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      So this is not a dig at them, but what are they trying to achieve? Mozilla overall has recently issues with both user retention and funding. I’m not sure i understand why they’re pushing for an entirely new thing (which I assume cost them some money to acquire k9) rather than improving the core product situation?

      Guesses: a) those projects so separate in funding that it’s not an issue at all, or b) they’re thinking of an enterprise client with a paid version?

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        These things are indeed separate in funding. Thunderbird is under a whole different entity than, say, Firefox

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          Aren’t they both funded by the Mozilla Foundation? How are they separate?

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              @caleb wrote:

              Aren’t they both funded by the Mozilla Foundation? How are they separate?

              Your link’s first sentence:

              As of today, the Thunderbird project will be operating from a new wholly owned subsidiary of the Mozilla Foundation […]

              I’m confused…

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                Seems pretty clear by the usage of the word “subsidiary”

                Subsidiaries are separate, distinct legal entities for the purposes of taxation, regulation and liability. For this reason, they differ from divisions, which are businesses fully integrated within the main company, and not legally or otherwise distinct from it.[8] In other words, a subsidiary can sue and be sued separately from its parent and its obligations will not normally be the obligations of its parent.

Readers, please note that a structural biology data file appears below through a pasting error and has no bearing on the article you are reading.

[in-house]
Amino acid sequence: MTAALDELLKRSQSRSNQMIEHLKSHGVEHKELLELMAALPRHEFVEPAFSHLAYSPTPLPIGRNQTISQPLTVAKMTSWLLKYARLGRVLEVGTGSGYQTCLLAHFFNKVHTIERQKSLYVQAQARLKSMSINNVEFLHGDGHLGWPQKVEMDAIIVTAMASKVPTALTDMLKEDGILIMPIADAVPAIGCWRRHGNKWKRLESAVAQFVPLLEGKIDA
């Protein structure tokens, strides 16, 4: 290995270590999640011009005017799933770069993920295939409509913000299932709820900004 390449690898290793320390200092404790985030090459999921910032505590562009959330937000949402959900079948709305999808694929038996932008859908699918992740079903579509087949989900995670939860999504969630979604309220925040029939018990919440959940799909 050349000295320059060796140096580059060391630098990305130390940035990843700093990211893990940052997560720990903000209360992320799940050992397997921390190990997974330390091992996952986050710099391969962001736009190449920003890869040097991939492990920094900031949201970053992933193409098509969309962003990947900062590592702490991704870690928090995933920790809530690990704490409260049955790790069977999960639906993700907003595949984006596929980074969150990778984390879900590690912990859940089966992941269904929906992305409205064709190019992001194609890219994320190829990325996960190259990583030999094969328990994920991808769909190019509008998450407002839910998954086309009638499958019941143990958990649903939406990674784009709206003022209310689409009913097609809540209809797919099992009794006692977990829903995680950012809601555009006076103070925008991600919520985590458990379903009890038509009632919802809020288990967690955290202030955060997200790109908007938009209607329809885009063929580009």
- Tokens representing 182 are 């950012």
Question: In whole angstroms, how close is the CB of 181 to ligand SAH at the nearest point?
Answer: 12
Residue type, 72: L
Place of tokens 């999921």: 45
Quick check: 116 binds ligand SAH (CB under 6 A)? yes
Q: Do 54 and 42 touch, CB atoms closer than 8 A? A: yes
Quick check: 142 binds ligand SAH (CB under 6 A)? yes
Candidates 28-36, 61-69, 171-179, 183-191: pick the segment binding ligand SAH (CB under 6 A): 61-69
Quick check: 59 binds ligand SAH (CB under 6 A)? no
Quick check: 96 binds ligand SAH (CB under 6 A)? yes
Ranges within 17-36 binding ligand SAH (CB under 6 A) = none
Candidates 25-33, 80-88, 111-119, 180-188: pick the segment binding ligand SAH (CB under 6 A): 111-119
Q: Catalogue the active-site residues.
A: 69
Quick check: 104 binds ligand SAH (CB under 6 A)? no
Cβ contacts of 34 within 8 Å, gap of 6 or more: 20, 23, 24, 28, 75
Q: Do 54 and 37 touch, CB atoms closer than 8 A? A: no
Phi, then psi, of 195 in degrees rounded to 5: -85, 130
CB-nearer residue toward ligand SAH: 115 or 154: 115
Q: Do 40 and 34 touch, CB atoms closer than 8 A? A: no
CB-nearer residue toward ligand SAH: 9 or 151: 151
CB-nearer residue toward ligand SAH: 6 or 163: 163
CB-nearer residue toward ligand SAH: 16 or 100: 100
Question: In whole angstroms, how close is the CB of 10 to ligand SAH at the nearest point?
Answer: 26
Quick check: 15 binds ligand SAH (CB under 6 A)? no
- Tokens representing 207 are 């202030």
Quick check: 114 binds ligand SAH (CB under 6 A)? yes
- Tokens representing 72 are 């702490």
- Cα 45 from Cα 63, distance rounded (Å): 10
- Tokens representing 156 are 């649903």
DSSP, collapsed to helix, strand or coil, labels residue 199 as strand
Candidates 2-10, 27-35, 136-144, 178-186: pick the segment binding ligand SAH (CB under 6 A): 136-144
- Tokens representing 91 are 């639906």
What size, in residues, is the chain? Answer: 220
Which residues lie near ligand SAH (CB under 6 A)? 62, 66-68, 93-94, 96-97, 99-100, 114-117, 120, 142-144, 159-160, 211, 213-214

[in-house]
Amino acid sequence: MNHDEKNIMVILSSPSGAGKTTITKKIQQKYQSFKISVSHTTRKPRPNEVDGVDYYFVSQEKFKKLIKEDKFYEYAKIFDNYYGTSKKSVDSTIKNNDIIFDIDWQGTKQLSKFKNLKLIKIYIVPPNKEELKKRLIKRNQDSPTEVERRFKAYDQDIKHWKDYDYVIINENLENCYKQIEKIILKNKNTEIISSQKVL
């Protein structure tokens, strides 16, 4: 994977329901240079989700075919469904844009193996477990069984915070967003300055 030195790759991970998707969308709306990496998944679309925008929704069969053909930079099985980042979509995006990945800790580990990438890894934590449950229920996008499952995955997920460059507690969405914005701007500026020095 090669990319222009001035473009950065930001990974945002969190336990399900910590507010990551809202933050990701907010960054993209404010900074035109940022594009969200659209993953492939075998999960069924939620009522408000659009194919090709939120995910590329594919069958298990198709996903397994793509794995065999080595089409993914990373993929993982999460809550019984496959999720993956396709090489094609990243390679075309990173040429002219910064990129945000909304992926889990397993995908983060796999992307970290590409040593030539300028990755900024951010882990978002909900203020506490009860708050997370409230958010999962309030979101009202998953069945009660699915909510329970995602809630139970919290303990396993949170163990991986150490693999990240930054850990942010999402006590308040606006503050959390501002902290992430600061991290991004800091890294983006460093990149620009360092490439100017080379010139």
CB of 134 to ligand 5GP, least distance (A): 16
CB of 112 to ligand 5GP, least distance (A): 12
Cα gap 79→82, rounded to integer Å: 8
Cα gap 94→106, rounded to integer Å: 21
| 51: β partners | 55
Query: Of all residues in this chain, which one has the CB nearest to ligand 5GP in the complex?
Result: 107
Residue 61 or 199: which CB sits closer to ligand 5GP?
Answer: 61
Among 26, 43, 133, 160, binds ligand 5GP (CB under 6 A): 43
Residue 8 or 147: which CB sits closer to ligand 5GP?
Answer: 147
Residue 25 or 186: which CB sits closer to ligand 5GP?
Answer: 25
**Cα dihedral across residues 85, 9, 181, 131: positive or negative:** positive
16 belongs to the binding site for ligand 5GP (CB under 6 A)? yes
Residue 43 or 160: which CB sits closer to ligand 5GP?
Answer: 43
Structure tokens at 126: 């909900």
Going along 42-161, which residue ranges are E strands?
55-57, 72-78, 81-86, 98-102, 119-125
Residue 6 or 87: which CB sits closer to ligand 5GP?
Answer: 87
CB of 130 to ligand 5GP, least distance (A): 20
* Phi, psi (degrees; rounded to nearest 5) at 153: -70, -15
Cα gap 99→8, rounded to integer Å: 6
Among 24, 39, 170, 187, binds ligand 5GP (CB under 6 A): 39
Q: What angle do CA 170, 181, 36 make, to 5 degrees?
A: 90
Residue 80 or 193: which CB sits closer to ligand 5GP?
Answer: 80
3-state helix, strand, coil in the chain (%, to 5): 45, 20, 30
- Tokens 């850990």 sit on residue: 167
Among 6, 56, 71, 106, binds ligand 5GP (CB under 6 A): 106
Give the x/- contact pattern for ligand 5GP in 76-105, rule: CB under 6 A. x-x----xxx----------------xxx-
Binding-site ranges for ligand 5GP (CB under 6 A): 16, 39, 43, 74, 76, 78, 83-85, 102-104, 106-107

The parent and the subsidiary do not necessarily have to operate in the same locations or operate the same businesses. Not only is it possible that they could conceivably be competitors in the marketplace, but such arrangements happen frequently at the end of a hostile takeover or voluntary merger. Also, because a parent company and a subsidiary are separate entities, it is entirely possible for one of them to be involved in legal proceedings, bankruptcy, tax delinquency, indictment or under investigation while the other is not.

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        They’re going to need to work on a lot of things, including a lot of stability improvements as well as better/more standard support for policies and autoconfig/SSO for Thunderbird to really be useful in enterprise.

        Frankly, Thunderbird is the only real desktop app that I know of that competes with Outlook, and it’s kind of terrible… there really is a market here, and I don’t think that working on android client is what they need

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          Gnome Evolution works better than Thunderbird in an enterprise. For thunderbird IIUC you need a paid add-on to be able to connect to Office365 Outlook mailboxes (in the past there used to be an EWS plugin that worked with onprem Outlook, but doesn’t seem to work with O365), whereas Evolution supports OAuth out of the box.

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            Thunderbird supports IMAP/SMTP Oauth2 out of the box, which O365 has if your org has it enabled. What it lacks (and what Evolution has in advantage) is Exchange support.